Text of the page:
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By Deborah Yaffe, Feb 21 2019 02:00PM

Production of the new television adaptation of Sanditon, the novel Jane Austen left unfinished at her death, is moving along even more quickly than I realized when I wrote about it earlier this month: PBS, which will air the eight-part mini-series on Masterpiece, reported recently that filming has begun and – squee! – provided details of casting.


Many of the names are unfamiliar to me, but Anne Reid, who will play the grasping and imperious Lady Denham, is a wonderful actress. And no heterosexual woman with a pulse could object to the casting of Theo James as the hero, Sidney Parker: James played the extraordinarily dishy Turk who seduced Lady Mary, back in the first season of Downton Abbey, only to die inconveniently in her bed. With luck, Sanditon will keep him alive longer, so we’ll have more time to admire his . . . acting talent.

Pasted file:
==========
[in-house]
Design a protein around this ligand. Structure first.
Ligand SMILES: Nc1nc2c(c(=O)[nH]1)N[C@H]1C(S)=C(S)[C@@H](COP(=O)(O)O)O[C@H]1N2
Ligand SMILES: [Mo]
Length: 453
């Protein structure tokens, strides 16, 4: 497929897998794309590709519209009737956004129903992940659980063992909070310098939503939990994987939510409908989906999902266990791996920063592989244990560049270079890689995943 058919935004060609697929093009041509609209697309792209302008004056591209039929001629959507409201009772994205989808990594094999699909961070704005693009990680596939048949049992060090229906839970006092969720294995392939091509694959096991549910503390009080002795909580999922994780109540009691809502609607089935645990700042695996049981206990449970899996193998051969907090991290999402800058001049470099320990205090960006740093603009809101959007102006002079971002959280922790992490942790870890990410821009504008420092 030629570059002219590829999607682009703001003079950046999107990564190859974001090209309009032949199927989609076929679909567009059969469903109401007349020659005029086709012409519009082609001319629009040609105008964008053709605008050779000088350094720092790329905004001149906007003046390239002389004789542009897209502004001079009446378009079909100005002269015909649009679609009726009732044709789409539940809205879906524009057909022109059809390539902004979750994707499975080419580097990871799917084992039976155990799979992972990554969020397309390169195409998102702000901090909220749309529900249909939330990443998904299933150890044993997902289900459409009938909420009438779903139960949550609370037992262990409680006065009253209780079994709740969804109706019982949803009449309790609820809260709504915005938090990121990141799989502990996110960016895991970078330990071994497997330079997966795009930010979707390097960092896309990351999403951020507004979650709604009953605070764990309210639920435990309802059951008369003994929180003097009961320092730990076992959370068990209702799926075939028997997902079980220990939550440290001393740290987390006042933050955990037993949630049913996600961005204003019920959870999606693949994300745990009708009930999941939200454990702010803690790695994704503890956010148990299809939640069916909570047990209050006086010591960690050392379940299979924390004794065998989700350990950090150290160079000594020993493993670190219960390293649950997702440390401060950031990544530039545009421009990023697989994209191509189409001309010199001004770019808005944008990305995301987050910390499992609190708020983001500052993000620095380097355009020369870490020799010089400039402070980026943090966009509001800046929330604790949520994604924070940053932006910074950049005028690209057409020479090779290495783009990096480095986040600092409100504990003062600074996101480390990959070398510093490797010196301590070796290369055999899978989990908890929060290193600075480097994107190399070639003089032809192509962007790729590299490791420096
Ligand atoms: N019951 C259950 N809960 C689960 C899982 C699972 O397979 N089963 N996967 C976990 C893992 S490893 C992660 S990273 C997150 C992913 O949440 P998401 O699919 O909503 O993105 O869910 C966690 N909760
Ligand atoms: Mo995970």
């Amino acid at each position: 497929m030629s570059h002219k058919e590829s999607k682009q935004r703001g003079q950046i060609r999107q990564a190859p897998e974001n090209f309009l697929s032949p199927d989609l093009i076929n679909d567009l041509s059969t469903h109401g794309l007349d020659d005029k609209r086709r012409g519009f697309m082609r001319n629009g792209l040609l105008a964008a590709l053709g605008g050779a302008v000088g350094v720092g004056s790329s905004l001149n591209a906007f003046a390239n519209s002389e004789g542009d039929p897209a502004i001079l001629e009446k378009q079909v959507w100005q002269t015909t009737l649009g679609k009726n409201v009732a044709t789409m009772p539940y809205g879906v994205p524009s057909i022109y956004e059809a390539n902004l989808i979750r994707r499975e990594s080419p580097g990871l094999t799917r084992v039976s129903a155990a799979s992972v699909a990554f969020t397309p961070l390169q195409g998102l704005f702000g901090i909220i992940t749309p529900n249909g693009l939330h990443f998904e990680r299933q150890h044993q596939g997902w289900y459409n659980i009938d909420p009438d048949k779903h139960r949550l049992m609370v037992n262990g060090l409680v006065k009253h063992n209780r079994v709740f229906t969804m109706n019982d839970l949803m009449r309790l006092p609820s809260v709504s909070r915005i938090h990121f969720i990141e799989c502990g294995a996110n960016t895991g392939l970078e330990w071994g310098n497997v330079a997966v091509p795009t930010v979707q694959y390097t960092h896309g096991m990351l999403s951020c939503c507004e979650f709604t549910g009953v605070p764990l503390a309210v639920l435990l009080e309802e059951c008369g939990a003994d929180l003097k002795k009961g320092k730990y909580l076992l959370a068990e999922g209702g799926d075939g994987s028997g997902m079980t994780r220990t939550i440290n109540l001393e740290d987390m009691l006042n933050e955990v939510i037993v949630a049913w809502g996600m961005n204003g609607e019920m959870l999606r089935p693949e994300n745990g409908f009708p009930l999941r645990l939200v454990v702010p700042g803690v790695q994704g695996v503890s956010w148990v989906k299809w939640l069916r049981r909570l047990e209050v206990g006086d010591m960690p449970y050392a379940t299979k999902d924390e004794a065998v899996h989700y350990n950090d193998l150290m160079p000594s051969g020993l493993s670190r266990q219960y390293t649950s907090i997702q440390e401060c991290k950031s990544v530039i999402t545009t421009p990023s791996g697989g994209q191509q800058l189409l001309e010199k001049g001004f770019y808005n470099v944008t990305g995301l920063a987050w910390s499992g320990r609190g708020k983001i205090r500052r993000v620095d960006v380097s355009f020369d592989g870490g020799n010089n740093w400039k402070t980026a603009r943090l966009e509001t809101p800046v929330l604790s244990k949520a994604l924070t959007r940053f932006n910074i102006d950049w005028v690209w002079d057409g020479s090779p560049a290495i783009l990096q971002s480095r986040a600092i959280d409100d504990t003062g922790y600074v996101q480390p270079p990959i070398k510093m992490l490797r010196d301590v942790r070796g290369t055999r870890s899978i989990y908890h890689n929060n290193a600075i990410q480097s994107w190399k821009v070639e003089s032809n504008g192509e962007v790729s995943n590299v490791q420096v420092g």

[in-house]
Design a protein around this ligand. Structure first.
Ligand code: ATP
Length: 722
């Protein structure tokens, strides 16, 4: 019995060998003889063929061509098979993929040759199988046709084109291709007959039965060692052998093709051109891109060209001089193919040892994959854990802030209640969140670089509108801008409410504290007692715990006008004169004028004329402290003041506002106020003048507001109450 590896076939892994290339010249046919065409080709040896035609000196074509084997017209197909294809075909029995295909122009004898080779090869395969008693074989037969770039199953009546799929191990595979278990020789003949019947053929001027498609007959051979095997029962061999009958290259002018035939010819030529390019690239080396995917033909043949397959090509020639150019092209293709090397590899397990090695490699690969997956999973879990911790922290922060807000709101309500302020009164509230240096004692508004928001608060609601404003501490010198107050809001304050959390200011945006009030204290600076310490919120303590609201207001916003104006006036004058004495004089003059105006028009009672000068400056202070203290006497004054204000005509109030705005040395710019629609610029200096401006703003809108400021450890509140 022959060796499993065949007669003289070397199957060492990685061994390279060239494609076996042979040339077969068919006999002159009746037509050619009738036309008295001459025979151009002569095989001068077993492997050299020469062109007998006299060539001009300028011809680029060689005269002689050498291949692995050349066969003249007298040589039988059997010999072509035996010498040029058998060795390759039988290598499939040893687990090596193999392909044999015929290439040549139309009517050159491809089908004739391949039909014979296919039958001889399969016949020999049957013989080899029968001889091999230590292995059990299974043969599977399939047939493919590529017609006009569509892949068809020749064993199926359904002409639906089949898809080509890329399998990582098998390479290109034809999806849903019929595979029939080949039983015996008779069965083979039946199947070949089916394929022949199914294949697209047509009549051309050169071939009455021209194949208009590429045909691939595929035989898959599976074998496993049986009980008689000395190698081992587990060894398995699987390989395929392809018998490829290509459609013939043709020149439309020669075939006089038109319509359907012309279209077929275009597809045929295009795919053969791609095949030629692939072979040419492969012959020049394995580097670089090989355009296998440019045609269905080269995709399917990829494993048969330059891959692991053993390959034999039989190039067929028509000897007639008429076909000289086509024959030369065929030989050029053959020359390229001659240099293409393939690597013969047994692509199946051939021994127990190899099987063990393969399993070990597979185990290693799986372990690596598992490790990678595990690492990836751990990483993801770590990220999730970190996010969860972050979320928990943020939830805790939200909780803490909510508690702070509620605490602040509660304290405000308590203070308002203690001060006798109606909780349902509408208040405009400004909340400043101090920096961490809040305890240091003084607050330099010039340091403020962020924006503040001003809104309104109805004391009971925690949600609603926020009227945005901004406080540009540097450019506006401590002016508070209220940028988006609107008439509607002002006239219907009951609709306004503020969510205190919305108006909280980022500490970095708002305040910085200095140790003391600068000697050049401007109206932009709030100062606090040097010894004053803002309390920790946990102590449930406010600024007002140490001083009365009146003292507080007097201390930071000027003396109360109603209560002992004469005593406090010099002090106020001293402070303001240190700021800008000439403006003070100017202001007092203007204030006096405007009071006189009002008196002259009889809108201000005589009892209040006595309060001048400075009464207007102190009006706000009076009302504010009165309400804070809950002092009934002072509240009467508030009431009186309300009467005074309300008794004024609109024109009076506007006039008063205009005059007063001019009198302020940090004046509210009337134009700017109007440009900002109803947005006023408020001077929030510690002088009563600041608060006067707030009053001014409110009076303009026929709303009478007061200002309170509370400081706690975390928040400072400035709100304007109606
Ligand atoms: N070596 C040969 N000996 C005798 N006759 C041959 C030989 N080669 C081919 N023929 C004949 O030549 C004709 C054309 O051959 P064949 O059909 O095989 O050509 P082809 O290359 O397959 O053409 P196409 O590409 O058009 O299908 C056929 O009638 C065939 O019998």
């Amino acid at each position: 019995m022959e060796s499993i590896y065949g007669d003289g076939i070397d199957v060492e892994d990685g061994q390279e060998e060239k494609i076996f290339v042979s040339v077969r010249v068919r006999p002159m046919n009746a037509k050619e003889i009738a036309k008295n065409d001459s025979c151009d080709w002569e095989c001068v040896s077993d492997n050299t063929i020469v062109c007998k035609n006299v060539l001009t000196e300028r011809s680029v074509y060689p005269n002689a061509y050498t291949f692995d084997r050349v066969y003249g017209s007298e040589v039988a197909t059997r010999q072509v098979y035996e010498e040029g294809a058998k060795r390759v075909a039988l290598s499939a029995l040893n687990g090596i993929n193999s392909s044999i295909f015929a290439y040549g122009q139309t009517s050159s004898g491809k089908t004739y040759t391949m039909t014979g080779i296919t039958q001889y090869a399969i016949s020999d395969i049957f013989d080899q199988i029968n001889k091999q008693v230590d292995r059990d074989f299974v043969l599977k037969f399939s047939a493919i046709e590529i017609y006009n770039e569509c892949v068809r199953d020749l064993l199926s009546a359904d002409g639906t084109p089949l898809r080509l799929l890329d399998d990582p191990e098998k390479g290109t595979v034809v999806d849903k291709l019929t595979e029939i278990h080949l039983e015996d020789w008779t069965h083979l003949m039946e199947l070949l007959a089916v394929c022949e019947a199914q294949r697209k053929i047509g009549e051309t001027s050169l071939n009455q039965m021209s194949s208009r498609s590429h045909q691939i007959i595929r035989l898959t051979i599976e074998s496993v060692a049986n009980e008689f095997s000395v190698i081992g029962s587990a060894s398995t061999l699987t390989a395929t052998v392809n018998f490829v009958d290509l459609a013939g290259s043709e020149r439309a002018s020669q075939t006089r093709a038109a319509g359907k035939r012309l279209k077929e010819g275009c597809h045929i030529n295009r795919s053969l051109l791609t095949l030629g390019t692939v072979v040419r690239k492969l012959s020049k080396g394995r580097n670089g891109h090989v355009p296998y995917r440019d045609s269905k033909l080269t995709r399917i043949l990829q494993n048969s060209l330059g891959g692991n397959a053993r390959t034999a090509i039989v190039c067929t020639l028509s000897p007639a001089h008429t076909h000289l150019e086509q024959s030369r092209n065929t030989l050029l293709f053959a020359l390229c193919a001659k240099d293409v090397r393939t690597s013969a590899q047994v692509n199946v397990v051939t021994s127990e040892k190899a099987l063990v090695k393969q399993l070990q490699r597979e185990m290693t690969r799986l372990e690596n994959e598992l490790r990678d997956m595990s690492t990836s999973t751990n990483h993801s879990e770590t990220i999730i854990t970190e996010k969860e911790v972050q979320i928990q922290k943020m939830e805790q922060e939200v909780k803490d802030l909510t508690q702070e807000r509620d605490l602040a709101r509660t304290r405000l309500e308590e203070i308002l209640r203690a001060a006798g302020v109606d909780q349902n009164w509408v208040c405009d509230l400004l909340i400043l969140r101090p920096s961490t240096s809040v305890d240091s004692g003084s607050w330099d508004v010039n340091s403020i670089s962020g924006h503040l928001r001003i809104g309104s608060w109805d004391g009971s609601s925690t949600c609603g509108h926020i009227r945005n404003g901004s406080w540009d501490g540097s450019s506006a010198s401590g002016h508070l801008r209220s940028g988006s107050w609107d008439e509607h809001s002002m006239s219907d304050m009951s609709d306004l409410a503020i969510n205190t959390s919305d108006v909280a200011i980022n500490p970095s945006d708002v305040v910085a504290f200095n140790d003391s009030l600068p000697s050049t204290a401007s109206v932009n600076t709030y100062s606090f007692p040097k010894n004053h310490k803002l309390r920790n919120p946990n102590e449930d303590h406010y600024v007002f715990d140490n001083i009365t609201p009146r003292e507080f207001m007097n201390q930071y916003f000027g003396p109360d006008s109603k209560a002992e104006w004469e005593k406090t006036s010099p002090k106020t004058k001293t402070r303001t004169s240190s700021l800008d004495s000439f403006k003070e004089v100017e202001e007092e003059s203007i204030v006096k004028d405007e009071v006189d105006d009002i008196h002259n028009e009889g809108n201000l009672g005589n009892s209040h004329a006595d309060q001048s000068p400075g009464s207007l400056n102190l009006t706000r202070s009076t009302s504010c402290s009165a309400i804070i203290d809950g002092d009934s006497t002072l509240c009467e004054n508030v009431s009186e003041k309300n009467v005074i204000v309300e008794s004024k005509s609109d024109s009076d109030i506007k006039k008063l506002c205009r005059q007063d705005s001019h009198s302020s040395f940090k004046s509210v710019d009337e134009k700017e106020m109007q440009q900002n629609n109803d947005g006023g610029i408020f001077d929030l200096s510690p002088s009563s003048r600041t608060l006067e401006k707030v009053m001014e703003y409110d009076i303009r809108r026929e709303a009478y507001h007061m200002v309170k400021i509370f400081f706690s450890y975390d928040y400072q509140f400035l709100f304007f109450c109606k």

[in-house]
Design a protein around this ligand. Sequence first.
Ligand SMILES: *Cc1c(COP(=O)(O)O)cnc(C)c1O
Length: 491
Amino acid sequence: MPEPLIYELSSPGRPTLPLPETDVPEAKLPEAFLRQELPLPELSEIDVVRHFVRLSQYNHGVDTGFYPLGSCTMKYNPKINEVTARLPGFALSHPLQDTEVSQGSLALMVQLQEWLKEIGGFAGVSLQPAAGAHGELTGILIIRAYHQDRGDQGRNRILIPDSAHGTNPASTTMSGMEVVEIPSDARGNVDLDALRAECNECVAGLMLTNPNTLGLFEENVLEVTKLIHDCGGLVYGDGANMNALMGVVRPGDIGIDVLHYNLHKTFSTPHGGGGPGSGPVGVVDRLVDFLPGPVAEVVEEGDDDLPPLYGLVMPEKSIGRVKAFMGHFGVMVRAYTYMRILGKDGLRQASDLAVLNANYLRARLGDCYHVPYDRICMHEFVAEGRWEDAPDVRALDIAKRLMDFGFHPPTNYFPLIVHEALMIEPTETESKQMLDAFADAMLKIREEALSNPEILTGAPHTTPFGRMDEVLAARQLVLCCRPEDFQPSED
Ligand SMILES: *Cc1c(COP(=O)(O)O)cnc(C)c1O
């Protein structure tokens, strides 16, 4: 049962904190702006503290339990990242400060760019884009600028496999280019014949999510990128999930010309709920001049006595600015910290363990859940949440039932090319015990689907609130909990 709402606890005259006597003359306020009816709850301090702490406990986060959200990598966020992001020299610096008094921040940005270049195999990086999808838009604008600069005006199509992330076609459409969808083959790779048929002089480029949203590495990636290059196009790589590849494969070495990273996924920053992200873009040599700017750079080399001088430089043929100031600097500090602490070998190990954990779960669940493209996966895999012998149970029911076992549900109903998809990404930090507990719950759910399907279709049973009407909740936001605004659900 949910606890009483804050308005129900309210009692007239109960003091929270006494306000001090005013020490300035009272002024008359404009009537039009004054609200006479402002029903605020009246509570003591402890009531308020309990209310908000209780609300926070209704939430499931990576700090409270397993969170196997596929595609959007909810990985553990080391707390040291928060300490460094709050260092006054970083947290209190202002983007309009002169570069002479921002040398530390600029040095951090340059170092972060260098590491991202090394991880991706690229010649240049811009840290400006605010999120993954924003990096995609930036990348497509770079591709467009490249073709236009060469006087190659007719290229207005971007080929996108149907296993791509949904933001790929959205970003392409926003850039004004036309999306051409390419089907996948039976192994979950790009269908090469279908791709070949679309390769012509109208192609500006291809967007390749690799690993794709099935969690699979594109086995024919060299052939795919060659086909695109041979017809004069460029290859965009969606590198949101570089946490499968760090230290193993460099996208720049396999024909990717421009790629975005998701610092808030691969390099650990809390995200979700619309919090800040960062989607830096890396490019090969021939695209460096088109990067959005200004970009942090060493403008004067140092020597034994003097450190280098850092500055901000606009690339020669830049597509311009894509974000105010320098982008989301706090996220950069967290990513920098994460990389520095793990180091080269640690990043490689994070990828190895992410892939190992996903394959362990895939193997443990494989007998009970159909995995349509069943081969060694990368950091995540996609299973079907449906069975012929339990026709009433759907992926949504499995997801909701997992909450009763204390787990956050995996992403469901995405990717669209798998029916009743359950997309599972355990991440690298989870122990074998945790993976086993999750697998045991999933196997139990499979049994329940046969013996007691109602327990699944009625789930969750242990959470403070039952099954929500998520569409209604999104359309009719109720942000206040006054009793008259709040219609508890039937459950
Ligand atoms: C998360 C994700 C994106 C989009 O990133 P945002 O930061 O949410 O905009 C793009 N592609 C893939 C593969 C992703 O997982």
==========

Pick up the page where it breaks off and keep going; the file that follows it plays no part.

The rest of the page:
In Austen’s fragment, Sidney Parker is barely a character: He makes his entrance only a few pages before the end, and his hero status is only an assumption, albeit one shared by most of Sanditon’s readers over the years. Thus, Andrew Davies, the revered screenwriter who is adapting Sanditon, had free rein. And here’s what we’re getting, according to PBS: